5th Thing – RSS feeds and newsreaders

So now you’ve explored Technorati, you know that the blogosphere is pretty big, and probably contains quite a bit that you might find interesting. And on top of that there are all the other websites that you currently visit every day for news and views. And they’re all being updated, all the time. How on earth do you keep on top of the information overload?

Well, fear not, because this little orange button is about to make life a whole lot easier for you. It’s called an RSS feed, and it’s changing the way that web content creators share information, and web content users consume it.

RSS stands for “Really Simple Syndication” and is a file format for delivering regularly updated information over the web. Alongside a good newsreader, this tool will bring all your favourite information sources and web pages together in just one place and all at the same time…without being bombarded with advertising… without having to search for new information on the page you’d already seen or read before… and without having to consume a lot of time visiting each site individually.

A newsreader is basically a tool which allows you to display content from lots of websites in one place. It can be a piece of software which you download to your desktop, or it can be web-based tool, which you can use on any computer you choose.

In terms of the web-based tools, Google seems to be dominating the market with its Google Reader. There are some useful tutorials online, including the Google Reader Tour, Google Reader in Plain English and these two videos.



Step 1:
Set up your own, personalized RSS feed reader. Learn about the difference between RSS feed readers and Google Reader.

Step 2:
Create a free account with Google Reader and subscribe to at least 5 newsfeeds to your reader. If you’re struggling to find some newsfeeds, you can try the ones listed below…



…don’t forget that this blog also has a RSS feed, so you could subscribe to that too! And why not check out your Research Council – many of them now have news feeds that can keep you updated on funding and jobs, among other things.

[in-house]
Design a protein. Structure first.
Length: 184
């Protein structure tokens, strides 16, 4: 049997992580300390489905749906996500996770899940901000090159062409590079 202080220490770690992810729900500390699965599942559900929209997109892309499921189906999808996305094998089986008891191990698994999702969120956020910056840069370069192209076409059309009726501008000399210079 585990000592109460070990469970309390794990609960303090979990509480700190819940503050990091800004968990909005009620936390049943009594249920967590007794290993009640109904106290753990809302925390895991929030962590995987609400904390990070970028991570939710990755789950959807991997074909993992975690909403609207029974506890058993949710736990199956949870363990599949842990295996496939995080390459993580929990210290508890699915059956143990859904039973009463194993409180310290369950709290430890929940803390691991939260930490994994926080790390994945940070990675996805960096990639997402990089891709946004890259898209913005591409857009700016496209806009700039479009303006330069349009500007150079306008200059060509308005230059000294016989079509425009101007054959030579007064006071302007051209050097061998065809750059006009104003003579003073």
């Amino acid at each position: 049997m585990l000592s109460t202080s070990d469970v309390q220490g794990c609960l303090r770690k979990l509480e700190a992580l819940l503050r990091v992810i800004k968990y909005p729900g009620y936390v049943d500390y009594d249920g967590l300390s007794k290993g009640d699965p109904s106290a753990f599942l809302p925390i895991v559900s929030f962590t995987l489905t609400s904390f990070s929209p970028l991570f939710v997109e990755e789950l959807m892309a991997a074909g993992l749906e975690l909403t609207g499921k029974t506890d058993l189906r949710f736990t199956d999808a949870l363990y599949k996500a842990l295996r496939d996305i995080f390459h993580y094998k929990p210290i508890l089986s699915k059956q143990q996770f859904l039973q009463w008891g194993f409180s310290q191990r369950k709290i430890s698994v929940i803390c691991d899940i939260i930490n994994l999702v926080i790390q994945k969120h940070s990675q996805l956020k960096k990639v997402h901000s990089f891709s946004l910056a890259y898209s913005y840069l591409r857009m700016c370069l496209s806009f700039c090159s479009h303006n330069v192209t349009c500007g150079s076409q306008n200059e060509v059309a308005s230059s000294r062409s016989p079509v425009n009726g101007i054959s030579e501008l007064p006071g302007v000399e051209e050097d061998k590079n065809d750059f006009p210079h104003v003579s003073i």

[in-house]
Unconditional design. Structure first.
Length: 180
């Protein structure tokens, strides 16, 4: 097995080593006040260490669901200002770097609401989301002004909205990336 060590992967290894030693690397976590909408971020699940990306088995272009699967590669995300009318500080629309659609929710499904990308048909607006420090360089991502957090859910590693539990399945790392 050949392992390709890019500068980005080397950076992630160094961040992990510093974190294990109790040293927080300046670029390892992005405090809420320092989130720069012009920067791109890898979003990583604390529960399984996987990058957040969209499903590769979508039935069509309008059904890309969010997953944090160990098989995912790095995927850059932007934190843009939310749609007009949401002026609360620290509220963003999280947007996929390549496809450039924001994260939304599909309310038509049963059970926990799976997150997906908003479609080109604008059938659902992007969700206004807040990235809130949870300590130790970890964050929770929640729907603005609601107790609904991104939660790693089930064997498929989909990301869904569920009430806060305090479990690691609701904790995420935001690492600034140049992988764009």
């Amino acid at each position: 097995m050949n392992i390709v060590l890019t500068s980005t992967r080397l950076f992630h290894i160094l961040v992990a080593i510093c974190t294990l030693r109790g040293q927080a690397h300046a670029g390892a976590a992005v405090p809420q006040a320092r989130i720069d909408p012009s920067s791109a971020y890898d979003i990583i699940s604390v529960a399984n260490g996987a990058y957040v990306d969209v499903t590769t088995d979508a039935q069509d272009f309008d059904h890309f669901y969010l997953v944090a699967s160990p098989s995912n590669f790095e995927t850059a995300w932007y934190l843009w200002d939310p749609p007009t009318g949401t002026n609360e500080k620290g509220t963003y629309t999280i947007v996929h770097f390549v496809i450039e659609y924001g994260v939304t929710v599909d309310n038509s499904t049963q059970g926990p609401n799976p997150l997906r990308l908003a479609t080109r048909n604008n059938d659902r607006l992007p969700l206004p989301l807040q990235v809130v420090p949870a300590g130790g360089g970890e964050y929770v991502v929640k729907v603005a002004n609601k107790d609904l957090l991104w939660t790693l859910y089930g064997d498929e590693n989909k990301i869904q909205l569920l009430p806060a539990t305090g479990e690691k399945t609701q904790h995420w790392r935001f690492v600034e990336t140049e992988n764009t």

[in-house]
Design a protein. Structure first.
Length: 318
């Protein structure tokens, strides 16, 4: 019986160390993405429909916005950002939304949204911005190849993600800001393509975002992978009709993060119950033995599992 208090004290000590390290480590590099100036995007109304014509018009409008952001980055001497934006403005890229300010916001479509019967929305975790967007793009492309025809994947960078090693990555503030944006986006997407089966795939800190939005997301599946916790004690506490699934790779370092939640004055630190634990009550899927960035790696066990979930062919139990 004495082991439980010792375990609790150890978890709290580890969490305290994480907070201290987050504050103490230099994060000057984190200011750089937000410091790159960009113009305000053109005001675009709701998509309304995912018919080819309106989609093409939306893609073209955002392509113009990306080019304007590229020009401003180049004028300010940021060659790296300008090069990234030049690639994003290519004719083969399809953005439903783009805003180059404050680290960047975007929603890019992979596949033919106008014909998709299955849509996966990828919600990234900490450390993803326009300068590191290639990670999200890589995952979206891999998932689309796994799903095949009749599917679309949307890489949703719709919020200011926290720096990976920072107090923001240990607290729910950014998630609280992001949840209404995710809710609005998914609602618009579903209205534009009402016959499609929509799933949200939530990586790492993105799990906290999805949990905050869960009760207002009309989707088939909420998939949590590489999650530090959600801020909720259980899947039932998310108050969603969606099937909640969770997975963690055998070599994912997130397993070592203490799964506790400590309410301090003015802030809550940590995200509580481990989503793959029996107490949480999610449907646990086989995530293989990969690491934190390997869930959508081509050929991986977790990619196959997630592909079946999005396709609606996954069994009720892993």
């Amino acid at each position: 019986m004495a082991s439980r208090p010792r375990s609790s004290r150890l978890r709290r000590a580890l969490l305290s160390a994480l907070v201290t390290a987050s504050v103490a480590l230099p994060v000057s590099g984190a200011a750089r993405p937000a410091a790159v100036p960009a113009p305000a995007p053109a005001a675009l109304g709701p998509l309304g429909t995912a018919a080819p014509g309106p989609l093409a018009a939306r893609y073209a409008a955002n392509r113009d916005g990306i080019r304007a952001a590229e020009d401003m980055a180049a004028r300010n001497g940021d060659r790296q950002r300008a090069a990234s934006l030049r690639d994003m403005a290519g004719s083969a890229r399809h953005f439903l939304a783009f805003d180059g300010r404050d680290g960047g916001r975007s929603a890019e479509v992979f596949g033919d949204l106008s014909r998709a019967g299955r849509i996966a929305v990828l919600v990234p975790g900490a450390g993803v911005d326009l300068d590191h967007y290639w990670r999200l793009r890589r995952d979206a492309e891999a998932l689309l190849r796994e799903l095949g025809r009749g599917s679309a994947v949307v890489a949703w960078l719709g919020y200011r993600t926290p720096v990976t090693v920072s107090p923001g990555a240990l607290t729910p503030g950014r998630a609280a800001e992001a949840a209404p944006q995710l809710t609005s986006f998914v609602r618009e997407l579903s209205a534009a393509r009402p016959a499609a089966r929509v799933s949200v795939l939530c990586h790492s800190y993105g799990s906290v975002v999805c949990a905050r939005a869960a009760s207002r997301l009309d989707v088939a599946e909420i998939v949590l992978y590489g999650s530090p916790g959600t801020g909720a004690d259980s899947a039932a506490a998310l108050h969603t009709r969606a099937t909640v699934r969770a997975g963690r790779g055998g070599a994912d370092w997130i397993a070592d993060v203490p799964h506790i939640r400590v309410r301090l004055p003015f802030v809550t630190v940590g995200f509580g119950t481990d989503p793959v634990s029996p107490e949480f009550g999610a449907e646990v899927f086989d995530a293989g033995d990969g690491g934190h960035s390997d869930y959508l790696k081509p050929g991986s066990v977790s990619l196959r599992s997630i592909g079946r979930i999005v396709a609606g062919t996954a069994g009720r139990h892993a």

6th Thing – Finding RSS Feeds

Now that you have a newsreader (your Google Reader account), you can begin adding other newsfeeds that interest you.

There are several ways you can locate newsfeeds:

  • When visiting your favorite websites, look for RSS icons that indicate the website provides it. Often a feed icon will be displayed somewhere in the navigation bar of the site.
  • There are also search tools that can help you find feeds:
    1. Topix.net — This search tool allows you to locate recent newsfeed items based upon keyword or phrase searching. The tool focuses specifically on news and media outlet RSS feeds for information, not weblogs.
    2. Syndic8.com — Syndic8 is an open directory of RSS feeds that contains thousands of RSS feeds that users have submitted.


Step 1:
Explore some of the search tools noted above that can help you locate some news feeds.

Step 2:
Create a post in your blog about this exercise. Don’t know what to blog about? Think about these questions:

  • What do you like about RSS and newsreaders?
  • How do you think you might be able to use this technology in your work or personal life?
  • Which method of finding feeds did you find easiest to use?
  • Which Search tool was the easiest for you?
  • Which was more confusing?
  • What kind of useful feeds did you find in your travels?
  • Or what kind of unusual ones did you find?
  • What other tools or ways did you find to locate newsfeeds?